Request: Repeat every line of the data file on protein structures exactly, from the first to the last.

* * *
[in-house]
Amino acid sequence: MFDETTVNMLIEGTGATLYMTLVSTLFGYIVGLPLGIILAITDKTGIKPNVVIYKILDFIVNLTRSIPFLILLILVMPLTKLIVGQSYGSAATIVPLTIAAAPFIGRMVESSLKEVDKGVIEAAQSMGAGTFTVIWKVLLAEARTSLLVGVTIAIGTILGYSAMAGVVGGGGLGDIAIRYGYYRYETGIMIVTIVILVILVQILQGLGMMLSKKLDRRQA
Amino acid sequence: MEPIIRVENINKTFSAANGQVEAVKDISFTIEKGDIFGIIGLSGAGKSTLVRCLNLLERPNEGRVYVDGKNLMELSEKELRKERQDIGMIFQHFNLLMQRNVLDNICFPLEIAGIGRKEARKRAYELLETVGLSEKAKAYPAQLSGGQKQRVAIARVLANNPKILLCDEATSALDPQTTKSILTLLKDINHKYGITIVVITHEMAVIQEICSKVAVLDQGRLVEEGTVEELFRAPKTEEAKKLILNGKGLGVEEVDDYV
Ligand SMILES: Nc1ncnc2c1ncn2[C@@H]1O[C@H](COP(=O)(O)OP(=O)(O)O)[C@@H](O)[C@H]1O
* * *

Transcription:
[in-house]
Amino acid sequence: MFDETTVNMLIEGTGATLYMTLVSTLFGYIVGLPLGIILAITDKTGIKPNVVIYKILDFIVNLTRSIPFLILLILVMPLTKLIVGQSYGSAATIVPLTIAAAPFIGRMVESSLKEVDKGVIEAAQSMGAGTFTVIWKVLLAEARTSLLVGVTIAIGTILGYSAMAGVVGGGGLGDIAIRYGYYRYETGIMIVTIVILVILVQILQGLGMMLSKKLDRRQA
Amino acid sequence: MEPIIRVENINKTFSAANGQVEAVKDISFTIEKGDIFGIIGLSGAGKSTLVRCLNLLERPNEGRVYVDGKNLMELSEKELRKERQDIGMIFQHFNLLMQRNVLDNICFPLEIAGIGRKEARKRAYELLETVGLSEKAKAYPAQLSGGQKQRVAIARVLANNPKILLCDEATSALDPQTTKSILTLLKDINHKYGITIVVITHEMAVIQEICSKVAVLDQGRLVEEGTVEELFRAPKTEEAKKLILNGKGLGVEEVDDYV
Ligand SMILES: Nc1ncnc2c1ncn2[C@@H]1O[C@H](COP(=O)(O)OP(=O)(O)O)[C@@H](O)[C@H]1O